The Buddhist caves of Ajanta were discovered by British officers in 1819. The Ajanta Caves were first mentioned in the writings of the Chinese pilgrim Hiuen Tsang who visited India between AD 629 and 645. The caves at Ajanta are older than those at Ellora. The thirty caves at Ajanta are set in a steep crescent-shaped hillside. The caves offer mesmerizing sculptures and paintings depicting Buddha's life as well as his previous lives. Five of these caves are Chaityas (Places of worship) while the other 25 are Viharas (monasteries). The Ajanta Caves can be chronologically divided into two phases, the early Buddhist caves of 2nd century BC to first century AD and the Mahayana caves dating to 5th century AD.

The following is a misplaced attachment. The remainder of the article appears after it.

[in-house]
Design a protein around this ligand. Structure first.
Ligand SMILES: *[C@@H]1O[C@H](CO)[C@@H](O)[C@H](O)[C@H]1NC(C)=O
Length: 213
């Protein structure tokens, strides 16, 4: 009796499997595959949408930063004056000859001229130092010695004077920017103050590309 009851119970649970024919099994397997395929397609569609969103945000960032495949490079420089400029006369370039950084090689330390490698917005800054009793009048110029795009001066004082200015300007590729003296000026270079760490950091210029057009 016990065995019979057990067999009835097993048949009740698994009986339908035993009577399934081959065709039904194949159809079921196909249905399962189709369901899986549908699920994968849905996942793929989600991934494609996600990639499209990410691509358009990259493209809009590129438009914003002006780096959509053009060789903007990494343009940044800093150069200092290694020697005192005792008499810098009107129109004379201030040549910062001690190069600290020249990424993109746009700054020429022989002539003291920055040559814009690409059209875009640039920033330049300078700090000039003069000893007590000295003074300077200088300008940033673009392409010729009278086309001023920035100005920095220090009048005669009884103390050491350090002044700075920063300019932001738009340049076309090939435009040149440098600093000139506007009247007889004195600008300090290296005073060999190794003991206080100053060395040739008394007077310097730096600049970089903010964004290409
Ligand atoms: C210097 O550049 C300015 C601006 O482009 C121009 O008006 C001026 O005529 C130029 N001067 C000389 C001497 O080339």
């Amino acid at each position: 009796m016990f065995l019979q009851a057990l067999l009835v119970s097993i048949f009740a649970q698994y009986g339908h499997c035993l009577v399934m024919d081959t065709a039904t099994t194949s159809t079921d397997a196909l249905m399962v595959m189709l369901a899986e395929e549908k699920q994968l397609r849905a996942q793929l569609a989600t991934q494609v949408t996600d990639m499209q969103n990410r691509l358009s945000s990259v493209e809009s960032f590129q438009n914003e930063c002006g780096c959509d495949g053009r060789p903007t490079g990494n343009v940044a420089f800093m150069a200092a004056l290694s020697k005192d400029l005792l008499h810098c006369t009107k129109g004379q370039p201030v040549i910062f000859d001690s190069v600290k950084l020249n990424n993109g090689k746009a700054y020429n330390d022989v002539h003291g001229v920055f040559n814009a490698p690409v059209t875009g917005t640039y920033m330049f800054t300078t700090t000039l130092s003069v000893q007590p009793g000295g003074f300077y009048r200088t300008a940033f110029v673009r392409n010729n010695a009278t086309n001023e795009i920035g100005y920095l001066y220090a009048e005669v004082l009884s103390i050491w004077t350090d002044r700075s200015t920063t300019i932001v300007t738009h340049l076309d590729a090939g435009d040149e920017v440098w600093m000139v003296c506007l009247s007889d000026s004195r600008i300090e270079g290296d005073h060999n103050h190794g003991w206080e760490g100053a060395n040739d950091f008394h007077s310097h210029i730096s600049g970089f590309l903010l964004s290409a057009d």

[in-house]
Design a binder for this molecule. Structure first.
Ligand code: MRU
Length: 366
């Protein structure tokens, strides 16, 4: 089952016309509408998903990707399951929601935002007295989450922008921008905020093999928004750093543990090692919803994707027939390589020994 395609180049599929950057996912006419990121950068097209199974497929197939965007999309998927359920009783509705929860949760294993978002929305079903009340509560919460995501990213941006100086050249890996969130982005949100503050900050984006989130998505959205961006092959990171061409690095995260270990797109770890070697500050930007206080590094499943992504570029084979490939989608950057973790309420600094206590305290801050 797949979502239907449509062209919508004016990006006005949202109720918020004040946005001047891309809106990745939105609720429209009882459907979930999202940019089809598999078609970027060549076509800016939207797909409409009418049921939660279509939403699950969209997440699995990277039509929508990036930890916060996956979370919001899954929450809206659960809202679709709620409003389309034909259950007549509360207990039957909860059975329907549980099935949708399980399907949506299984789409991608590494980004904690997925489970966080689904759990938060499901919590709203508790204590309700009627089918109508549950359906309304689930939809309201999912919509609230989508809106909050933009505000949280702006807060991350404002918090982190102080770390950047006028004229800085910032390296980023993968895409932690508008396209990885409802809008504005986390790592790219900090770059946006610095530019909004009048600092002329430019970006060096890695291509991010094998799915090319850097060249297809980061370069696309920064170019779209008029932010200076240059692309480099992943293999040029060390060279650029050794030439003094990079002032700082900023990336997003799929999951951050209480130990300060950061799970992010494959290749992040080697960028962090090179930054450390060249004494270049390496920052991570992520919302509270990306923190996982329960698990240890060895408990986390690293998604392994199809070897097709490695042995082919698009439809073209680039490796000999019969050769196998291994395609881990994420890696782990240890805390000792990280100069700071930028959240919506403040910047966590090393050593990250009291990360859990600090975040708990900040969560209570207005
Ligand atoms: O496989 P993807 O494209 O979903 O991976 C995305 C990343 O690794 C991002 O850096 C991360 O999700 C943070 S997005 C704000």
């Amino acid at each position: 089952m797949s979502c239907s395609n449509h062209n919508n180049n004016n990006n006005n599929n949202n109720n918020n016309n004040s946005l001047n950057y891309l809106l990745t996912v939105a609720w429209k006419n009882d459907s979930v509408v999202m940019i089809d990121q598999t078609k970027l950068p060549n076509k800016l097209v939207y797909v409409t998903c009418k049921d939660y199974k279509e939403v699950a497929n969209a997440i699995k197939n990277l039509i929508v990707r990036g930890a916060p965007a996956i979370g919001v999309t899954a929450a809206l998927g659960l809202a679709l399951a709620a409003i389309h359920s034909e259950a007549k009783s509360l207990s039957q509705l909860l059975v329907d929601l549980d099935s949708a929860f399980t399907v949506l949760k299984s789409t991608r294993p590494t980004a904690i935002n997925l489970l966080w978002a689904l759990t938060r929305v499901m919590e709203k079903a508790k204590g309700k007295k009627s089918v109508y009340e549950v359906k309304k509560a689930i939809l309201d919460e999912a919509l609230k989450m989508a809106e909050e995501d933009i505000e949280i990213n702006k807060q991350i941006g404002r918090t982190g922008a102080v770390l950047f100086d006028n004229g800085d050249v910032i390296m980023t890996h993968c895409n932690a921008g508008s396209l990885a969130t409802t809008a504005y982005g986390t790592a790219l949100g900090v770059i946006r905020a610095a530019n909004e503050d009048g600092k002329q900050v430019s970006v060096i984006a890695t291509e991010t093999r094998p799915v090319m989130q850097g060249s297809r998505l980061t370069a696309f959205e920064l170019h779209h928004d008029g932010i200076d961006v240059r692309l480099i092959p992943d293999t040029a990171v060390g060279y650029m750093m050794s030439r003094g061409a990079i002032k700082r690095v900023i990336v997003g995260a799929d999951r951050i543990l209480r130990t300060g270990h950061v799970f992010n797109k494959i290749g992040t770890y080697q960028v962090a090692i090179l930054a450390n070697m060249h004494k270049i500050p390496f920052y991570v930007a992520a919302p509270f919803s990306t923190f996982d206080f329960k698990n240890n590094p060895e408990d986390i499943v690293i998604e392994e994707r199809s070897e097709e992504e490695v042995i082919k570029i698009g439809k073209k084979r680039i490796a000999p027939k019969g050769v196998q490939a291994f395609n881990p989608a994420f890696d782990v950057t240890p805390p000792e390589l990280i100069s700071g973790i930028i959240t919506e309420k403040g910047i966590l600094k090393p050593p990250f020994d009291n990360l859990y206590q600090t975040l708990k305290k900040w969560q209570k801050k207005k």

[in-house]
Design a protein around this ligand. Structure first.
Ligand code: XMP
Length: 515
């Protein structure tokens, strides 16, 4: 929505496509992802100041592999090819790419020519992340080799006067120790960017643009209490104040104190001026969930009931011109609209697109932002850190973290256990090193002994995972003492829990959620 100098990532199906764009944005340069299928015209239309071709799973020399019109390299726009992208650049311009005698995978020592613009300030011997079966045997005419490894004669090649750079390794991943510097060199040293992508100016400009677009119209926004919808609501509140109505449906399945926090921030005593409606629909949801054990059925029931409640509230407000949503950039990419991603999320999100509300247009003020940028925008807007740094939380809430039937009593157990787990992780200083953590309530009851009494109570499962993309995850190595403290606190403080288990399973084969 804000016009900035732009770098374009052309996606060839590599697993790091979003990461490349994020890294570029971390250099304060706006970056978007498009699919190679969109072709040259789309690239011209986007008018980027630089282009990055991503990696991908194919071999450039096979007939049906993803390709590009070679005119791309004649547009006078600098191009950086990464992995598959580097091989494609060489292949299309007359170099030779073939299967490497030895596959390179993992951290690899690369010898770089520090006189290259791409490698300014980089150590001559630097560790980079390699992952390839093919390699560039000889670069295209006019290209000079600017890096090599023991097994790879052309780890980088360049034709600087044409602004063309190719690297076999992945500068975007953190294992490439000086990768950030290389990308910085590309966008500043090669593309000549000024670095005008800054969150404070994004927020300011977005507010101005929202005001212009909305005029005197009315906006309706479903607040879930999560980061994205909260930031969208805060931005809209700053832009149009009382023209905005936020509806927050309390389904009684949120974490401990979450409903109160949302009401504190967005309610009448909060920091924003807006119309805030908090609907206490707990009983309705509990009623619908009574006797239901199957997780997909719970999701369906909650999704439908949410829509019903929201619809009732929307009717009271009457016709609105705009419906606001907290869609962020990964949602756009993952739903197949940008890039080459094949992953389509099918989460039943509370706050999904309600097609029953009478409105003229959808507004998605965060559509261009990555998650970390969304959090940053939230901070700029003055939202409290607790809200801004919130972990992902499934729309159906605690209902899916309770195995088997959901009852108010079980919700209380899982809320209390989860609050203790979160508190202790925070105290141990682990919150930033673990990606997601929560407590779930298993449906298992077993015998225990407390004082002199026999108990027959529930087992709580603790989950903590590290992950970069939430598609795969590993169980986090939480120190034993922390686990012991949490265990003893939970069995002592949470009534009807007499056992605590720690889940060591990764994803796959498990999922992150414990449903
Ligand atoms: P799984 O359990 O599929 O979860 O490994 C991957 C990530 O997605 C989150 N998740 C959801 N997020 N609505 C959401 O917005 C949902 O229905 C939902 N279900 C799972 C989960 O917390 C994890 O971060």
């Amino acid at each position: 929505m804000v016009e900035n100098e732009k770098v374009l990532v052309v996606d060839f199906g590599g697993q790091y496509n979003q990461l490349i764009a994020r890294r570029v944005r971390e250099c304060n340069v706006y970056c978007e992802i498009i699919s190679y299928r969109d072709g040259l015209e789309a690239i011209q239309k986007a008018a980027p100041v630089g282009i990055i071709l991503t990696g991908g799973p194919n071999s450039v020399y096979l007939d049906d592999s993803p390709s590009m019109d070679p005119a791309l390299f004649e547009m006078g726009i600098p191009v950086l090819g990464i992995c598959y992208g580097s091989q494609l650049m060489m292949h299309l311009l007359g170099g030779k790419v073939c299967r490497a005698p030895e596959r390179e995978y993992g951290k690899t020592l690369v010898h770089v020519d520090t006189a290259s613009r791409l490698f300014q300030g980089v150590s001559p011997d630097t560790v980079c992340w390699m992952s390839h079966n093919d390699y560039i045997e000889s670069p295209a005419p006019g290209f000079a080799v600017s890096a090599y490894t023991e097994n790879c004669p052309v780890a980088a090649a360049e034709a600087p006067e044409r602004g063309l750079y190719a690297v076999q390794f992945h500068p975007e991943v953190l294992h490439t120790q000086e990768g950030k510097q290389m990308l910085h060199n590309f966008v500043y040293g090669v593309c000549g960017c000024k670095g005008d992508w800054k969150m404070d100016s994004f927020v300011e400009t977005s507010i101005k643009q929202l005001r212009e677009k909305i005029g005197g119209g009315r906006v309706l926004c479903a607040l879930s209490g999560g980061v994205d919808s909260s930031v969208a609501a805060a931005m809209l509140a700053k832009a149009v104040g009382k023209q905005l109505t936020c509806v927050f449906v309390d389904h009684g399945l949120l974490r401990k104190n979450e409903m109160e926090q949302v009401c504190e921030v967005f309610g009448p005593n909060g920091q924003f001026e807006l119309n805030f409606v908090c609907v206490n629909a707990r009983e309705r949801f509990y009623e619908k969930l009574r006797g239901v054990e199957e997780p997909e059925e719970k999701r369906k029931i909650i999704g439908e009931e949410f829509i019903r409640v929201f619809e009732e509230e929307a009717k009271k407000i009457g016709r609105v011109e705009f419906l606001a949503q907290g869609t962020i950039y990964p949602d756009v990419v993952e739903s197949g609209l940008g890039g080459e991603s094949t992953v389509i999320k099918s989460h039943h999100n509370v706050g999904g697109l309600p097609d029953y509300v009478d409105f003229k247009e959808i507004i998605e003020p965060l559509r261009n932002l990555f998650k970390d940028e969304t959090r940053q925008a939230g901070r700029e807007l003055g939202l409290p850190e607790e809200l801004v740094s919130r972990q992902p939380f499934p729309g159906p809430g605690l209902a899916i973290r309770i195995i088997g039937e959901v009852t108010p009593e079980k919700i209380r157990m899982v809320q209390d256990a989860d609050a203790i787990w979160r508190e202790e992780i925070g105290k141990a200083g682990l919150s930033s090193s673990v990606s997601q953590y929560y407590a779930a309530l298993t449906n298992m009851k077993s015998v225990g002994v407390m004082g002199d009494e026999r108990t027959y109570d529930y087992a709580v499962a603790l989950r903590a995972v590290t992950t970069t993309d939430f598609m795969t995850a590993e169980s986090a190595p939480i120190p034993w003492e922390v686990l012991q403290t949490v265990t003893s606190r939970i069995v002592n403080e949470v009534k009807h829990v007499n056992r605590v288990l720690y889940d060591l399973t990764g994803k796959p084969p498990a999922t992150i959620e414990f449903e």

Ajanta is located on an ancient trade route known as ‘Dakshinapatha’. The Dakshinapatha (southern road) trade route was one of two great highways that connected different parts of the sub-continent since the Iron Age. Monasteries continued to operate here at least till the 8th century AD after which the site was forgotten till its rediscovery in 1819. The 30 caves, including the unfinished ones, were inhabited by Buddhist monks and religious devotees for more than 800 years. The caves are an outstanding testimony to the evolution of Indian art, representing the flourishing Buddhist architecture and religious influence of the prominent religion under the rule of the Guptas (the Gupta Empire’s zenith is between 320 AD and 550 AD also called the Golden Age of India with its peace and advancements in science and philosophy). The caves have both female and male representations. These are the only caves where you will find depictions from both, the Hinayana and Mahayana sects of Buddhism. After your guided tour of the caves you will be transferred back to your hotel in .